“I have a great sense of accomplishment having been part of that and knowing how important it was to our national security,” he said. “… We don’t know what’s going to happen in the future. We can really only hope for the best.”
Travis Habhab, now a colonel, poses with father Paul Habhab, now a retired chief warrant officer 5. The Army duo was featured on NBC's "Today" show during their deployment. (Courtesy photo)
‘All the Boys’ Were Deployed
When Army Col. Travis Habhab deployed to Iraq in 2004, his dad and father-in-law were also in the combat zone.
“If you think about it from the perspective of my wife, she had her husband, dad, and father-in-law — all the boys, I think,” said Habhab, who now commands 101st Combat Aviation Brigade.
Habhab was primarily flying out of Taji while his dad, retired Chief Warrant Officer 5 Paul Habhab, was just south in Baghdad. His father-in-law was operating farther west, he said.
Paul Habhab, who was the senior division ground maintenance officer with the 1st Cavalry Division, recalls working 16-hour days during the busy deployment. For Travis Habhab, an Apache pilot, knowing his dad was working in the division headquarters gave him comfort his soldiers would have what they needed for the mission. Aside from quick meetings, the two didn’t see much of each other during their busy deployments.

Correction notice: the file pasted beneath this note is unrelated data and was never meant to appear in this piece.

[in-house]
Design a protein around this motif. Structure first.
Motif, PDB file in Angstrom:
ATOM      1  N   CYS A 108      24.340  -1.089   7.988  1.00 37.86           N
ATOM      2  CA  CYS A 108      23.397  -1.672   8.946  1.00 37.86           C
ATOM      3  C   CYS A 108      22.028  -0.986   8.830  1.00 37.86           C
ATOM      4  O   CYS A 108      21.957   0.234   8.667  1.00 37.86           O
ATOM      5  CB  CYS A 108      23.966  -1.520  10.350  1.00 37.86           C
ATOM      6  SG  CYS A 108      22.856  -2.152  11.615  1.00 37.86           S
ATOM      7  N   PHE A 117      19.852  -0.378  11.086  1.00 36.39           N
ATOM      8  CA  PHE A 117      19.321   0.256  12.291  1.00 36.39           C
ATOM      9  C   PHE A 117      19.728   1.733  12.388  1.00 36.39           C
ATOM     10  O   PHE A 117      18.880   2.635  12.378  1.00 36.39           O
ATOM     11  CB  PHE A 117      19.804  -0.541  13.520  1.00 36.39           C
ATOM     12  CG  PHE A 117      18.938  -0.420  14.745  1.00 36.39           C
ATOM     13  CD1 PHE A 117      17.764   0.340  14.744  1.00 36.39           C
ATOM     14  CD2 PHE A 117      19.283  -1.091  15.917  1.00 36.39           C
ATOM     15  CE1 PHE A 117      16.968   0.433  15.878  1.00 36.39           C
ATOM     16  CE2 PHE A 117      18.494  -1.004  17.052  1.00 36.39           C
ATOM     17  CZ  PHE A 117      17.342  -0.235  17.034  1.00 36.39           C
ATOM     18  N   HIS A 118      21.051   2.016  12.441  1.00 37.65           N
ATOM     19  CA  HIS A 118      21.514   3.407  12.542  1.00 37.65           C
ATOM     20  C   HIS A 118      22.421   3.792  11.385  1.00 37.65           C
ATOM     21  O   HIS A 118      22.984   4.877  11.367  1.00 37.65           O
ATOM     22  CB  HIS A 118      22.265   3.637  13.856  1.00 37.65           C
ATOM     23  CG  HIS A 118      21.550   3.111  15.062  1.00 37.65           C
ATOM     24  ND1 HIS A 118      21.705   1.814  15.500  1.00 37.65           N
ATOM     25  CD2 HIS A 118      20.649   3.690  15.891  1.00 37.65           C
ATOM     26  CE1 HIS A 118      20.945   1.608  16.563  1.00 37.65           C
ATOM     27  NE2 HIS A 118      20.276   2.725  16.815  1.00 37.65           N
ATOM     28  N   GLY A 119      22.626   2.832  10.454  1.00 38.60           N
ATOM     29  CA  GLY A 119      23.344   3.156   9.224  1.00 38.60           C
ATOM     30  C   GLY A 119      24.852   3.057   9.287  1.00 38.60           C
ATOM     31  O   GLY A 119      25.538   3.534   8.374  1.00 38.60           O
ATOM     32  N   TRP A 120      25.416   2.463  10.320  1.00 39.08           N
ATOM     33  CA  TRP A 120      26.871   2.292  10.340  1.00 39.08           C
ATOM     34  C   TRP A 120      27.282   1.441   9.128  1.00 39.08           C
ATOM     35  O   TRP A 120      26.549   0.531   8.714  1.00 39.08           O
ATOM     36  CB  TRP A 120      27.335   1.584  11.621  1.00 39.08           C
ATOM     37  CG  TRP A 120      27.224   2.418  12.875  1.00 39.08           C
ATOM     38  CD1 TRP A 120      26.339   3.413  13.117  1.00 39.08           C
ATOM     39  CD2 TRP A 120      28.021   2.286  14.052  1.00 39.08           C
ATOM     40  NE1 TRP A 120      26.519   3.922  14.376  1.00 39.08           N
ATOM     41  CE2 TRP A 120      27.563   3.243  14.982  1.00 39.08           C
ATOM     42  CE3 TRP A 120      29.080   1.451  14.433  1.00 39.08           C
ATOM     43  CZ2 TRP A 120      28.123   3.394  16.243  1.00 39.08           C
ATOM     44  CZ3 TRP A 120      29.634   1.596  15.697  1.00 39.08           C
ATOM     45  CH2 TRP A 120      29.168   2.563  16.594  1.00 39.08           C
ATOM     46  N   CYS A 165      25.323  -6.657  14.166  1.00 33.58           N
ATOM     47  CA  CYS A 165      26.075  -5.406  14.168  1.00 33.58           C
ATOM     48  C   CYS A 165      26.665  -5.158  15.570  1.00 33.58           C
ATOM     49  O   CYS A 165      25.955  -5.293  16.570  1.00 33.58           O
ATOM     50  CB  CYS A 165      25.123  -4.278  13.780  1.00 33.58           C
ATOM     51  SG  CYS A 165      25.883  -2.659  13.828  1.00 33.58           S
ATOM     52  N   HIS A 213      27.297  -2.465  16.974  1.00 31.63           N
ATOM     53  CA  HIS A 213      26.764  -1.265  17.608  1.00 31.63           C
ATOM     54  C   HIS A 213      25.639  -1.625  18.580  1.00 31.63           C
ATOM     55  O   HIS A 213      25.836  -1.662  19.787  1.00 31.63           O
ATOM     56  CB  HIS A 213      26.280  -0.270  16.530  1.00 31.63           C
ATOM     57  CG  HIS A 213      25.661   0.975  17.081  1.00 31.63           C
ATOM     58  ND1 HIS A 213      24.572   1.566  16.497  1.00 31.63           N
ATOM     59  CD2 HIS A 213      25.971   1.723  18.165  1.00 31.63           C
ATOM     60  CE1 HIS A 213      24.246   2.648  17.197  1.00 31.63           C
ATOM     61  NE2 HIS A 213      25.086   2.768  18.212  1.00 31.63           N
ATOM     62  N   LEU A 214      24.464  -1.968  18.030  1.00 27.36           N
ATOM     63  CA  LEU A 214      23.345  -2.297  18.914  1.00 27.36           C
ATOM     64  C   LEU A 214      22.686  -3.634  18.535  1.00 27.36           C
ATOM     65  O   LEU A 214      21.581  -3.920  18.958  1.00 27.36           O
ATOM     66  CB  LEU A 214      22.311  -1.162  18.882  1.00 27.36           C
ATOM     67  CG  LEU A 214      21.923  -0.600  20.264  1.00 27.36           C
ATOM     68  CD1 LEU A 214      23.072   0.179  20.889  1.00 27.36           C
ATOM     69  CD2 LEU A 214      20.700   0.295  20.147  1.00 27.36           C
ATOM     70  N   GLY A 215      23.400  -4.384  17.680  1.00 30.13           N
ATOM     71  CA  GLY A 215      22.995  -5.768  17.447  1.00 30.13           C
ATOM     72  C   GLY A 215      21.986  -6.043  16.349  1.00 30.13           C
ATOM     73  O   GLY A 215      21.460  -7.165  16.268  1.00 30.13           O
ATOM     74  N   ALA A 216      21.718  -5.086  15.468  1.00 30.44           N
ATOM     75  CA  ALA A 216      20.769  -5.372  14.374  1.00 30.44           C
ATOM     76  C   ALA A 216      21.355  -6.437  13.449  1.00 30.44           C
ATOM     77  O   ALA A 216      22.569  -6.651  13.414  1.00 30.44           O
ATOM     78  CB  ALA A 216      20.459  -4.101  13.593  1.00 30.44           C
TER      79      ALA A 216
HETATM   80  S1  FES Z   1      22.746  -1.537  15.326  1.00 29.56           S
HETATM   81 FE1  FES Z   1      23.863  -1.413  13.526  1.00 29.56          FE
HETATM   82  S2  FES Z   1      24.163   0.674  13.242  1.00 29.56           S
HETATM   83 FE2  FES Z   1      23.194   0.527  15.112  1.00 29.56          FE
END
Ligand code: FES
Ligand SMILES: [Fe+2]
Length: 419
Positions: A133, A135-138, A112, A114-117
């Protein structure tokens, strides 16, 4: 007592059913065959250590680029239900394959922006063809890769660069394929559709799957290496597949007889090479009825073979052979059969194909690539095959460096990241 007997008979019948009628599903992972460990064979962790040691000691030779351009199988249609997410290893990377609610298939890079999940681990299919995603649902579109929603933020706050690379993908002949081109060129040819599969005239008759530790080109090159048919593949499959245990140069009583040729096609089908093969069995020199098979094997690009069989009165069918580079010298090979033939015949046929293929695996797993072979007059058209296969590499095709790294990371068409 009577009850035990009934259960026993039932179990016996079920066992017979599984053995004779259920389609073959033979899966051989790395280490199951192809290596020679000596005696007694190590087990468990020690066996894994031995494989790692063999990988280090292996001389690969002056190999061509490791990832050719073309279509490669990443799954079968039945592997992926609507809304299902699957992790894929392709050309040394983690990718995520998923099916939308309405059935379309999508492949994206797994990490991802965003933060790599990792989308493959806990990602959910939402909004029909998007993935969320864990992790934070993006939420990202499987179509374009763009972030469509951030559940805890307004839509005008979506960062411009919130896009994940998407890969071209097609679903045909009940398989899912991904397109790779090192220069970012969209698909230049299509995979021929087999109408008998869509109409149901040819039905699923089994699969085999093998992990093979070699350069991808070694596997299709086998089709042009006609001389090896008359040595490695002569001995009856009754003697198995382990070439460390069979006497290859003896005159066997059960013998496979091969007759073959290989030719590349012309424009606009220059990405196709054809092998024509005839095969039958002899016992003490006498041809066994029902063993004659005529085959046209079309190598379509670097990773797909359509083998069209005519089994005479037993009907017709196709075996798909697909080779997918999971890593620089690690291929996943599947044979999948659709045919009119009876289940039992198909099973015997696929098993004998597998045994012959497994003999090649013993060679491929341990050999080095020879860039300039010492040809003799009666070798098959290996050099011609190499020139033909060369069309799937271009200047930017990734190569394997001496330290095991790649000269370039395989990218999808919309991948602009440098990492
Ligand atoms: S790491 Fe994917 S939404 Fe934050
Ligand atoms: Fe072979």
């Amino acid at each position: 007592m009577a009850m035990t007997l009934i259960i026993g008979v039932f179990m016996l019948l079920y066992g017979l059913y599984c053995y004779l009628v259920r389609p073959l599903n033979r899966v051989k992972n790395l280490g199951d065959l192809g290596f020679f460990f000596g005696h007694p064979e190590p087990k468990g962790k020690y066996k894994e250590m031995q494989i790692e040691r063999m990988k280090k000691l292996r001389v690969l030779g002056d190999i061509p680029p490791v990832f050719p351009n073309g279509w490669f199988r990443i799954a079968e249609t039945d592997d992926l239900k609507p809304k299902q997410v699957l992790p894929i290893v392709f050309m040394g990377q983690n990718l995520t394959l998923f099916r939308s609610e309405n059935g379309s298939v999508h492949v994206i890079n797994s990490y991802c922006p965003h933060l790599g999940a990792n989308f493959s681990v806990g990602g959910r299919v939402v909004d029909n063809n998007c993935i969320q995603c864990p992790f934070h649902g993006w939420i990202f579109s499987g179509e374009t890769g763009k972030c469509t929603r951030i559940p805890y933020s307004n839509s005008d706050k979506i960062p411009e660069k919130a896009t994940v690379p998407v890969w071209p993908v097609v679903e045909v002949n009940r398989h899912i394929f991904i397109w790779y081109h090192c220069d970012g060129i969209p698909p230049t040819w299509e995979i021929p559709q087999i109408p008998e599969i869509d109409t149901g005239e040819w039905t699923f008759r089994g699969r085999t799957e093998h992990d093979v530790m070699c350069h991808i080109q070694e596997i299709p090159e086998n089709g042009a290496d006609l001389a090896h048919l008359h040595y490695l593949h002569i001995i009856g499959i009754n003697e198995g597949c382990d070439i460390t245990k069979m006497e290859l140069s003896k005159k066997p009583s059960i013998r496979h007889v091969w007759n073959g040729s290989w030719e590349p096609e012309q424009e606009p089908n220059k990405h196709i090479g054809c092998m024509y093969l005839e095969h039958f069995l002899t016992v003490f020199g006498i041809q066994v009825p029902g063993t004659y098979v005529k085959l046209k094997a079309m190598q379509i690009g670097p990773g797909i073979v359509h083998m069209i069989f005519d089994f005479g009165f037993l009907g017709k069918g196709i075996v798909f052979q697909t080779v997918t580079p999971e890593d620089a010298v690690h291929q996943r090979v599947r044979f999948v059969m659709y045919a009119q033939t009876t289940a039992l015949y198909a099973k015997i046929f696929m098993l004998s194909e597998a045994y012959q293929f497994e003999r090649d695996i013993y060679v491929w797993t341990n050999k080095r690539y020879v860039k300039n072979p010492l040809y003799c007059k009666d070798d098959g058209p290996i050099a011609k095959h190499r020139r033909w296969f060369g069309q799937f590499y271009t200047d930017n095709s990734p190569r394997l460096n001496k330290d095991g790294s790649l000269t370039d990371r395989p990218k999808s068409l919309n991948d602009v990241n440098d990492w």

At Christmas, they were featured in a “Today” show segment. They linked up at a bombed-out shelter in Baghdad for the interview. At the same time, a TV crew was at Paul Habhab’s Texas home where NBC caught up with the soldiers’ family, allowing the pair to see their loved ones in real time.
“This was, of course, before FaceTime or video calls were available, and our only communication with our families was random and through email or perhaps a phone call,” Paul Habhab said.
The deployment marked a stressful time for the Habhab family. Travis Habhab had his first child, a baby girl, right before he deployed. Anytime his mom or wife heard about an Apache helicopter accident, Paul Habhab said they feared the worst.
“They felt such sorrow for the fallen, as they realized this ... could happen to any family on any day,” he said.
As the 20-year anniversary of the start of the wars approach, Travis Habhab said he’s reflecting on those who paid the ultimate sacrifice. Paul Habhab said he knew in an instant the country’s military and leaders were about to face new challenges.
“The past 20 years [have been busy] for all of the armed forces as they continue to prove the U.S. has the best military in the world,” he said.